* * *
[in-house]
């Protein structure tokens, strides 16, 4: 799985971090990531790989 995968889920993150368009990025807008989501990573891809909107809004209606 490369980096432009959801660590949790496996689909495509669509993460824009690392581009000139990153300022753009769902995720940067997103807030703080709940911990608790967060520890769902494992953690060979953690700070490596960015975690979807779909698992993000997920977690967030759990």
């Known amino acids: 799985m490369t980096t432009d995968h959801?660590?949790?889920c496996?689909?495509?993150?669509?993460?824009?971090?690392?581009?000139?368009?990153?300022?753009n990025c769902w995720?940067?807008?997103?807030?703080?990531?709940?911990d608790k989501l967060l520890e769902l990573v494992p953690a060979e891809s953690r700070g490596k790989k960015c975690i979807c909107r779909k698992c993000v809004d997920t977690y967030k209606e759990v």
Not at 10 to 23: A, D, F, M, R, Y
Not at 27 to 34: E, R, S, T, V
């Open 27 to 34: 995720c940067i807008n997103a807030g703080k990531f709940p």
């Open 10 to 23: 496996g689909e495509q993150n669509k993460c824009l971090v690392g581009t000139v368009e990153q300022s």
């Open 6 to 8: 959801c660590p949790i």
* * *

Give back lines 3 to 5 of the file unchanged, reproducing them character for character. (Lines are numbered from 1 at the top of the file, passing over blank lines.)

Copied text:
């Known amino acids: 799985m490369t980096t432009d995968h959801?660590?949790?889920c496996?689909?495509?993150?669509?993460?824009?971090?690392?581009?000139?368009?990153?300022?753009n990025c769902w995720?940067?807008?997103?807030?703080?990531?709940?911990d608790k989501l967060l520890e769902l990573v494992p953690a060979e891809s953690r700070g490596k790989k960015c975690i979807c909107r779909k698992c993000v809004d997920t977690y967030k209606e759990v």
Not at 10 to 23: A, D, F, M, R, Y
Not at 27 to 34: E, R, S, T, V